*With the support of USAID, through the five-year project “Big Small Economy” implemented by ACDI/VOCA , which CEVES is a partner of since 2022.



Instead of the (once key) question – when will Serbia enter the EU, the key question is becoming – will Europe enter Serbia, and when? These days the Serbian leadership and public are once again distracted by the complex situation in Kosovo, which threatens to spiral out of control, and erode Serbia’s image of stability. Stability, and its image, are a key conditions of the country’s further economic recovery. The second condition is the perception of a clear European perspective.  This too is being seriously eroded by both the Kosovo problem and by Serbia’s lack of alignment with the key issue in the EU’s foreign policy – ​​the attitude towards Russia. The third condition is the establishment of the rule of law and respect for European values ​​in the management of public affairs. Laws are generally good, but they are not applied, or do not apply equally to everyone. In this context, the adoption of the currently proposed Law on the Police, which in fact legalizes the violation of basic human rights, would be the biggest setback in the previous two decades. By contrast, living in legal certainty, and policy development with the participation interested parties, would radically improve the business environment and the quality of public investments, therefore strengthening Serbia’s businesses while facing external challenges. And that is not all. “Europe in Serbia”, a condition that is entirely in our hads, would strengthen Serbia’s European perspective and trust.


We are entering the new year with announcements of the ownership transformation of public companies (into joint-stock companies), and particularly of the state-owned electric power company EPS i Norwegian advisors also participate will advise. The real “news” however these days has been that “EPS exports electricity again”.  In fact, the Serbian power system will not return to full production capacity for at least another year, while public finances will have been saddled with repaying the price of last year’s disaster for much longer. The reorganization of public enterprises cannot transform them from political to well-managed systems until the establishment of the rule of law transforms paper competences into real ones. Meanwhile, some progress could be made by adopting consistent energy and climate strategies that would answer the question of how will Serbia meet the emission reduction commitments it has taken before the world. And what is the plan for when in 20-30 years there is no more coal?  In any case, any real change will have to be preceded by serious preparations of a gradual reduction in the massive excess employment related to all public utilities.  Most important and demanding is the preparation of alternative sources of employment, as it takes resources and time. We hope that the Norwegian advisors will see this as well.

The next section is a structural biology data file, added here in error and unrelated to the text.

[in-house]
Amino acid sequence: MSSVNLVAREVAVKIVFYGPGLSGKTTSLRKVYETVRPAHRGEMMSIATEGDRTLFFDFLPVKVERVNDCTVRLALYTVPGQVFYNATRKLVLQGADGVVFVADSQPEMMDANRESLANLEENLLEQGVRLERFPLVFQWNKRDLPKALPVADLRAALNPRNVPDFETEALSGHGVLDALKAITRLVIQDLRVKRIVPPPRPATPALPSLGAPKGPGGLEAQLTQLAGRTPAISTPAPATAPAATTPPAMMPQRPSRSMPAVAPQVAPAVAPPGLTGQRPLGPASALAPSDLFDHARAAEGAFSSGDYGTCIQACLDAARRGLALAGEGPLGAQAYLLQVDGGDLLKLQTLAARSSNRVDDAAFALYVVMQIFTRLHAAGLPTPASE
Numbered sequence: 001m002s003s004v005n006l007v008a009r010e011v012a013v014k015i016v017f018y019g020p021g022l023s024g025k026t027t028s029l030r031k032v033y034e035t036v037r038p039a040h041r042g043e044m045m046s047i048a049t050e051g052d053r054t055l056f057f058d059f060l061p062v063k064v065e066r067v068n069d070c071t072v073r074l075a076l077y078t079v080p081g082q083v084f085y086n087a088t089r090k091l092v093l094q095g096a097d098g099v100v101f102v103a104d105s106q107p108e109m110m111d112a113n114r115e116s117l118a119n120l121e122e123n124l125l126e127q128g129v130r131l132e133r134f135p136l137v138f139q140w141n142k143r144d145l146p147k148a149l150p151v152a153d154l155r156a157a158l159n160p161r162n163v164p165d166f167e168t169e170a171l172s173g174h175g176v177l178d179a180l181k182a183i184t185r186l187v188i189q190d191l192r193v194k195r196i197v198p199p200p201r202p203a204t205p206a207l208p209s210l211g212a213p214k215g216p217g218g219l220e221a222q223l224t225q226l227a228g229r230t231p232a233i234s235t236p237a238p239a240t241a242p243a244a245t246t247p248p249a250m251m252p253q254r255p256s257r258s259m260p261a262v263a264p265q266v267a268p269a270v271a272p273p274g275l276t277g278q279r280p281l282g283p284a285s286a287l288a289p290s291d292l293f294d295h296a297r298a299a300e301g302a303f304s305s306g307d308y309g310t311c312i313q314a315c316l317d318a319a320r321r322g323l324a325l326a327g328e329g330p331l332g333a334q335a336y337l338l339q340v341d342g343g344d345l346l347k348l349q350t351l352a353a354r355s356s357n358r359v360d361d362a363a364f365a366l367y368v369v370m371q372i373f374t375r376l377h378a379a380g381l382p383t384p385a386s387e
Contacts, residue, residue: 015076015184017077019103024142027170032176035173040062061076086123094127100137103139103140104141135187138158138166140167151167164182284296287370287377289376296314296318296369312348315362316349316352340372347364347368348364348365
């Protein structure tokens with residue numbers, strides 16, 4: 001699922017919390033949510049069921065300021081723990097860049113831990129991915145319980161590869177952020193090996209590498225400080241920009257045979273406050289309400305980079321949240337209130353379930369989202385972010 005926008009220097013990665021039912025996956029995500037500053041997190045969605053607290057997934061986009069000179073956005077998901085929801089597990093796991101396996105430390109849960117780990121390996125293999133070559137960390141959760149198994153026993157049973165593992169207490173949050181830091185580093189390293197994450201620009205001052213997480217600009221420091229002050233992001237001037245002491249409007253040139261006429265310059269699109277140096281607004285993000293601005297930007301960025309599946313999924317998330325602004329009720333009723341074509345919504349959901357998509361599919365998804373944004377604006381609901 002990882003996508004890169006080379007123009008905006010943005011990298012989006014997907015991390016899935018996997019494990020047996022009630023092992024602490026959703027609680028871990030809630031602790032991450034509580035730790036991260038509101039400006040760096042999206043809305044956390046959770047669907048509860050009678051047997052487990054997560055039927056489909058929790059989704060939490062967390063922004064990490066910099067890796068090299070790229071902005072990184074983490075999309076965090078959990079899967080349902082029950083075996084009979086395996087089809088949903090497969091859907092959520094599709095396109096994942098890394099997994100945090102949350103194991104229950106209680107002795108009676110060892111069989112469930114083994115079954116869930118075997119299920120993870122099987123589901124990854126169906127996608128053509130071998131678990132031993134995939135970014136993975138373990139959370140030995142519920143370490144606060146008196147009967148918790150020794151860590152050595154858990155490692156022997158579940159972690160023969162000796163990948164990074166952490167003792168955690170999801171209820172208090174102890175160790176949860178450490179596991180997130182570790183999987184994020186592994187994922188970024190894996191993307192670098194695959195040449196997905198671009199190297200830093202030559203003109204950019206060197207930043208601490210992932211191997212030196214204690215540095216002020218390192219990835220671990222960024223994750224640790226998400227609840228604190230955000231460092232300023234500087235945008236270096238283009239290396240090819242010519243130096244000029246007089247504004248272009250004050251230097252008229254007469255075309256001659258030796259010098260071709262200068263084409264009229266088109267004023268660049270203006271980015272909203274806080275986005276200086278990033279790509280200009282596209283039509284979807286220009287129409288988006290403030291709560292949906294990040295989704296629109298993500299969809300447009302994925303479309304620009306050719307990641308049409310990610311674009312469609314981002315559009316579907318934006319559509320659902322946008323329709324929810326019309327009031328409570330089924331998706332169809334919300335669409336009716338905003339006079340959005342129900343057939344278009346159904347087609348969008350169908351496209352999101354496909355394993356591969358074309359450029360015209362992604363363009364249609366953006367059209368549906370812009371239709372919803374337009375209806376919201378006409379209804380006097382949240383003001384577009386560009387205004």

In the coming year, we will make significant efforts to encourage SMEs and help them move on with greening their business and their communities. We will argue in a series of brochures and workshops, that making business green is not only a trend or a threat imposed by the European Union, but also a moral obligation and a global process that shape future demand and brings opportunities for improving productivity and profitability of the business.



Great thanks to our partners from the project “SDGs 4 All”, as well as GIZ, SDC, World Bank, National Convention on the European Union, USAID, embassies of Germany, Switzerland and Slovenia, and other donors and partners who motivate us to jointly seek solutions to the challenges of a sustainable future for the Serbian economy. We look forward to further cooperation!


Kori Udovički: In the process of EPS reform, the biggest problem has always been political interference

15. Dec 2022

Chief Economist of Cevesa Kori Udovički stated that in the process of reforming the Electric Power Industry of Serbia, the biggest problem has always been political interference.

“It is a much bigger problem than simple corruption.” If you manage the system badly as we have just seen. The price of that overwork, the price of not maintaining something properly is ultimately higher than what someone has installed somewhere,” said Udovicki on Insider television.

Udovicki said that because of this, it is necessary to ask the question of where the policy is leading EPS because, as she stated, there is a threat of a coal shortage.

“We will run out of coal in 20-30 years.” In energy, that period is tomorrow, and we are still talking about it as if it is something that is yet to come,” she added.

Regarding the Serbian government’s move to hire a company from Norway to propose a reform model, Udovicki says that the company can act as an advisor, but that the state will ultimately implement the reforms.

“When it was necessary to stabilize coal production in Kolubara, a director for the Kolubara Mining Basin was found who knows how to organize production. The problem is that he is a politician from another story. And what do we do now? “Are we going to let the Norwegians throw politics out of the EPS,” asked Udovički

You can watch the entire interview at the following link.

A focus group was held in Sombor as part of the support for the development of the Mid-Term City Development Plan

08. Apr 2022

The Center for Advanced Economic Studies CEVES, together with the Timok Youth Center, held a focus group with representatives of Sombor in the premises of the Sombor Educational Center in Sombor, on April 7, 2022, within the framework of the Economic Pillar of the “Sustainable Development for All” Platform. Among those gathered were representatives of the city administration, companies, the Chamber of Commerce and public utility companies. The event was organized with the aim of gathering information and participants’ views on topics that will be significant for the preparation of the Mid-Term City Development Plan.